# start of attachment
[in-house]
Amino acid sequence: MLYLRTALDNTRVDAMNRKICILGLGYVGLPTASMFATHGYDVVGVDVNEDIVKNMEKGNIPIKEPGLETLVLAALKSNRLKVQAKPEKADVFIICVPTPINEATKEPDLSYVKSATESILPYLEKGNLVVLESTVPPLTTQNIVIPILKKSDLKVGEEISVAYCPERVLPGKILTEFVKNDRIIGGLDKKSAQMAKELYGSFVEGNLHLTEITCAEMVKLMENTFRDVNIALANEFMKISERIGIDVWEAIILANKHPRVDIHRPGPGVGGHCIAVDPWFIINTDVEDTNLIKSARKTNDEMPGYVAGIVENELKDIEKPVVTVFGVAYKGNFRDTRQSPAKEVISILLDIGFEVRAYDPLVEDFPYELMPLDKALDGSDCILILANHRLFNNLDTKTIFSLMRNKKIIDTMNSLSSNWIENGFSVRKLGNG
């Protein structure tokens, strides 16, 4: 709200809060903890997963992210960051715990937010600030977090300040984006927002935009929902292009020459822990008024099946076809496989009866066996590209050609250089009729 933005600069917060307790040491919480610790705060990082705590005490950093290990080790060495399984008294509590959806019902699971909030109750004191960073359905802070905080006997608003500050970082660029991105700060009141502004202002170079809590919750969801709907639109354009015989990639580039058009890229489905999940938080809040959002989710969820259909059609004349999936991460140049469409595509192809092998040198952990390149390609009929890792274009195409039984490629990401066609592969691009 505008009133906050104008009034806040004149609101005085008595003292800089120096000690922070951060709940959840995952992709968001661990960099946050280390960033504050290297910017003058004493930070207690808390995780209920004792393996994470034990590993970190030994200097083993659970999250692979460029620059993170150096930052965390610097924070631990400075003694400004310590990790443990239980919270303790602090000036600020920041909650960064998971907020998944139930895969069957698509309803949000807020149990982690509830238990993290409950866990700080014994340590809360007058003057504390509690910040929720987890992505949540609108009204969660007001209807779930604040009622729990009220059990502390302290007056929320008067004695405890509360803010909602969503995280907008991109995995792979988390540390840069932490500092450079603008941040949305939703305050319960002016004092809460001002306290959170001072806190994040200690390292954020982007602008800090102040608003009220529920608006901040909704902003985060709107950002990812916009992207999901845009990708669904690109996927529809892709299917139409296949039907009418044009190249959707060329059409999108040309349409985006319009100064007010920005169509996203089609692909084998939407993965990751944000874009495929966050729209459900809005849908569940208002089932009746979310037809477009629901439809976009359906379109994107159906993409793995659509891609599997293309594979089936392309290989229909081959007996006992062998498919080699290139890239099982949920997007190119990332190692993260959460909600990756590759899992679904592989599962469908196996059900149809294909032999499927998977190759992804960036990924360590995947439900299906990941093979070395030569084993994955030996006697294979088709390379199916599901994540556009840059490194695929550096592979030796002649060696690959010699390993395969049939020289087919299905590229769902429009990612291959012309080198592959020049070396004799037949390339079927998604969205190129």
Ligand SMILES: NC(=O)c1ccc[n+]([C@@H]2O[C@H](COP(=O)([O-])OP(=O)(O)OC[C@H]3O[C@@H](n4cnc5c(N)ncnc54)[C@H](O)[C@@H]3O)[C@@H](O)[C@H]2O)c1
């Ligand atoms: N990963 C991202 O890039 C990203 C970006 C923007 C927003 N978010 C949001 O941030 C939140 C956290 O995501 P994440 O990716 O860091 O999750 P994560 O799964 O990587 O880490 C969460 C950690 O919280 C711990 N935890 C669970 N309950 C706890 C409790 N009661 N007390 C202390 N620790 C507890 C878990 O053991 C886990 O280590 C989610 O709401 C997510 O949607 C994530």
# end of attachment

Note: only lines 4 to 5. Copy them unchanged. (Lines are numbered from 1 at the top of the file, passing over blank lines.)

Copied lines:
Ligand SMILES: NC(=O)c1ccc[n+]([C@@H]2O[C@H](COP(=O)([O-])OP(=O)(O)OC[C@H]3O[C@@H](n4cnc5c(N)ncnc54)[C@H](O)[C@@H]3O)[C@@H](O)[C@H]2O)c1
């Ligand atoms: N990963 C991202 O890039 C990203 C970006 C923007 C927003 N978010 C949001 O941030 C939140 C956290 O995501 P994440 O990716 O860091 O999750 P994560 O799964 O990587 O880490 C969460 C950690 O919280 C711990 N935890 C669970 N309950 C706890 C409790 N009661 N007390 C202390 N620790 C507890 C878990 O053991 C886990 O280590 C989610 O709401 C997510 O949607 C994530």